When I began using social media, I quickly realized that being an active participant was going to take time. With a full-time job, a growing young family, and other pressures on my time, I knew that I was going to have to be uber-organized to be successful with my blog, Twitter, Facebook, LinkedIn, Pinterest, and Google+.
The key to my ability to make media directly stems from being organized which includes my social media system. An added benefit of being organized is that it helps clear my mind – which in term helps me be more creative.
Getting Things Done
Two years ago I read the book Getting Things Done: The Art of Stress-Free Productivity by David Allen and became a disciple of Getting Things Done (GTD). If you haven’t read this book or aren’t familiar with GTD, I highly recommend that you check it out. The GTD
method rests on the principle that a person needs to move tasks out of the mind by recording them externally. That way, the mind is freed from the job of remembering everything that needs to be done, and can concentrate on actually performing those tasks. (via Wikipedia)
I adopted this system, and have been successful using it for over two years now, because of two reasons: 1. the GTD method is easy to understand, implement, and maintain; and 2. I’ve found electronic tools that have allowed me to implement the GTD method in conjunction with my electronic life. Simply put, the GTD method serves as the basis for allowing me to carve out time to make media.
This is a chicken or the egg causality dilemma for me: as I create more media, my media consumption has changed, or my media consumption has changed; hence I’m able to create more media. I don’t know which came first but what I can tell you is that I watch much less TV, read more than I ever have in my life, and listen to industry-specific podcasts.
I rarely watch TV anymore and when I do it is usually a sporting event, a movie, or Anthony Bourdain’s No Reservations. I just don’t find sitting mindlessly in front of the TV exciting anymore. Rather than watch TV, I take time with my family or read. Speaking of reading, I read all the time. Whether it’s a book, a blog, or the newspaper, not only do I find enjoyment in reading – I also find blog topics and ideas.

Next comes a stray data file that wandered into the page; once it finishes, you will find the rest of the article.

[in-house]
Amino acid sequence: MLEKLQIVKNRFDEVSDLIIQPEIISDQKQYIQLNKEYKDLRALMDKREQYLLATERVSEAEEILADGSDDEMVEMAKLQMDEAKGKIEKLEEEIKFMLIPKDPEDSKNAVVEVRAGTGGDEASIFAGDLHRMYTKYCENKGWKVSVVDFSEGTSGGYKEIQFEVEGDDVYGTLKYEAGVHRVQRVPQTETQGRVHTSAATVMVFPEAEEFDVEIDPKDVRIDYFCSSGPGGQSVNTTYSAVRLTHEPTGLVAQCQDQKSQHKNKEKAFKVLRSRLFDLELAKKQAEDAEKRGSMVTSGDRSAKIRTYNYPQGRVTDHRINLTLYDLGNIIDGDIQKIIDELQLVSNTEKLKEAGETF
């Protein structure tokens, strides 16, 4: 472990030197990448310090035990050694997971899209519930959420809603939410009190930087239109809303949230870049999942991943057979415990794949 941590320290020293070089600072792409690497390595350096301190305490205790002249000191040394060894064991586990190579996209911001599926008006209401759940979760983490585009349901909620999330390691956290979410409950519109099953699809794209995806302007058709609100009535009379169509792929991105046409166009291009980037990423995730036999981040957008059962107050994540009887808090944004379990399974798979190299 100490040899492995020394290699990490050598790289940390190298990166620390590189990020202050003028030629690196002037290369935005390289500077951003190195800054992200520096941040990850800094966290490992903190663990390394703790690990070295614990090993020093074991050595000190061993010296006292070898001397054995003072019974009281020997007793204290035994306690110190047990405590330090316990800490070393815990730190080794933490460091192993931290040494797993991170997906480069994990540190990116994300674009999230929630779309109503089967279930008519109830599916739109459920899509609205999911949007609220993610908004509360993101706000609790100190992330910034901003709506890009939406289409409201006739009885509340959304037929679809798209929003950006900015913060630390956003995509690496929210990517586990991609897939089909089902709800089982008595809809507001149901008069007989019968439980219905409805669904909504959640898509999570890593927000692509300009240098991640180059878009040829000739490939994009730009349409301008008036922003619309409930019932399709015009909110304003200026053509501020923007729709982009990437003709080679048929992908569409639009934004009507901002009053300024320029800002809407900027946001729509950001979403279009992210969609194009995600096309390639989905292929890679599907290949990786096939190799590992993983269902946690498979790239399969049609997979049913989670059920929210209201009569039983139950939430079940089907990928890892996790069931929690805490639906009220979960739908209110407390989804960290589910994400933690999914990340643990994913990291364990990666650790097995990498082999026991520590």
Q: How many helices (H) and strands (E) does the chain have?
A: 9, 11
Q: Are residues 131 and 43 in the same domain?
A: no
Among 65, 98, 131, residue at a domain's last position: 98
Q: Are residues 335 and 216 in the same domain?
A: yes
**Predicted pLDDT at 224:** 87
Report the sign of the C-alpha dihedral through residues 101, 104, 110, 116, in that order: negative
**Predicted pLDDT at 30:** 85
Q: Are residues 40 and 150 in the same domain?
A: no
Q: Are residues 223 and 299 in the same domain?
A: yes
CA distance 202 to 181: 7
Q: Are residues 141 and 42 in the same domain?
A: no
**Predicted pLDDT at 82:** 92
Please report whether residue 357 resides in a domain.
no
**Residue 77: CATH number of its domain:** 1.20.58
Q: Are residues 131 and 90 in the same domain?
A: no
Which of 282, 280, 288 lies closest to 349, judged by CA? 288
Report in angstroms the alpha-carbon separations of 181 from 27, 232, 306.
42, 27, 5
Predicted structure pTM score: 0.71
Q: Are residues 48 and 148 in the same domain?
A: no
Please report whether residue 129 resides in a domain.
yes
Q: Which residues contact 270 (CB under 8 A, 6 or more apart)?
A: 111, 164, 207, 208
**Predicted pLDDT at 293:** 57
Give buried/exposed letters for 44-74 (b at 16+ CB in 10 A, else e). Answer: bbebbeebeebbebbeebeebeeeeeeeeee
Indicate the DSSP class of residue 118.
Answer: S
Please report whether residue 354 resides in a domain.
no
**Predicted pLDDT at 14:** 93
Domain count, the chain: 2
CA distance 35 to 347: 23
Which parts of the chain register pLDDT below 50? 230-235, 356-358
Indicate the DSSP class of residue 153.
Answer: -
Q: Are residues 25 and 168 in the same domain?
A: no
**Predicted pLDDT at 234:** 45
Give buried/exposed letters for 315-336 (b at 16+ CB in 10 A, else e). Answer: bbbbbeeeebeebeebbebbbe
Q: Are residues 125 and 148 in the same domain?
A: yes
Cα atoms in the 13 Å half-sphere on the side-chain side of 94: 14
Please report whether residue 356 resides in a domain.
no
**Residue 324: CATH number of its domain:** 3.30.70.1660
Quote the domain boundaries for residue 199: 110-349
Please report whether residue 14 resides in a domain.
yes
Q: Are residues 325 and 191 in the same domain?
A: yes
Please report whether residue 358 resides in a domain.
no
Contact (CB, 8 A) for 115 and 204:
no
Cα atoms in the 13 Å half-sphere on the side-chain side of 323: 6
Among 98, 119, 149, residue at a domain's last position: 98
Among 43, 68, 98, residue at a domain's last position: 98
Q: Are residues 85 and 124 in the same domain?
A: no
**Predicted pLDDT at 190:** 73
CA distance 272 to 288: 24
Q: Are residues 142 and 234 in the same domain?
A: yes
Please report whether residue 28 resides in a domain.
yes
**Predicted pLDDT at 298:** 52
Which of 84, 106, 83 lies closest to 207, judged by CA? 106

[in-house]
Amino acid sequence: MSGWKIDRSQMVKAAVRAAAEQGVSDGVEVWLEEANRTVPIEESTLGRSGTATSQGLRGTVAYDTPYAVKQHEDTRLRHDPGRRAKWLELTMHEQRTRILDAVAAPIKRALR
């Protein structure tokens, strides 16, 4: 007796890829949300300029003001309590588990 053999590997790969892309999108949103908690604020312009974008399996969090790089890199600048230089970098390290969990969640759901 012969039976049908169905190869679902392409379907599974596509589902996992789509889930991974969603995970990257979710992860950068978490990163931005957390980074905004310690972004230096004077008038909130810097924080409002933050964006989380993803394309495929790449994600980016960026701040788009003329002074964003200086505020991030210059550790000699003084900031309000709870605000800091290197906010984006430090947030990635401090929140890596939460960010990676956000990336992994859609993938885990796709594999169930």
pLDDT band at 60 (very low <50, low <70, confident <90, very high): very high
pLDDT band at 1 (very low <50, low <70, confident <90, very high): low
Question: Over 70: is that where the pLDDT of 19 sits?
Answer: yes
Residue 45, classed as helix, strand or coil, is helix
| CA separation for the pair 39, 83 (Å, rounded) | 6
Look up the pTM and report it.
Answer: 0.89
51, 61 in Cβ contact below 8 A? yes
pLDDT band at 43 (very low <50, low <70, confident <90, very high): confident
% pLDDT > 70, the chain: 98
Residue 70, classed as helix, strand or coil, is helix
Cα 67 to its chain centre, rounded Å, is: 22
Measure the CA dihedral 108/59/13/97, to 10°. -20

Finally, I have become a fan of podcasts. In my never-ending quest to find time to exercise, which I still don’t often do enough anymore, I’ve started to walk and listen to podcasts at the same time. I feel like I’m killing two birds with one stone. There are many great podcasts out there, but I would recommend starting with the Rainmaker.FM podcast network which is actually made up of a number of different shows.
It’s not what you think; my SMS is my social media system. For you to be as productive and as creative as you can be, you’ll need to determine your SMS. My personal system is still evolving, and I tweak it constantly. What do I mean by an SMS? You’ll need to answer some basic questions to determine your SMS including:
- How many social media channels do you feel you can manage and participate in fully?
- What are you’re goals for each channel?
- What will be your publishing schedule for each channel?
- What information will you share on each channel?
- What audience is each channel geared toward?
- Will there be any overlap with your social media channels?
- Can you re-imagine content between channels?
My advice, when determining your own SMS, is to start small to keep things manageable and enjoyable. I will write soon outlining the details of my own SMS.
By utilizing the GTD method, changing my media consumption, and creating my own social media system, I’ve been able to schedule time, generate ideas, and work background from my goals, to create more than media than I ever have in my life – and I feel like I’m just getting started.
I would love to hear your questions about my ideas or things that you have implemented in your own life that has allowed you to make media.
Also published on Medium.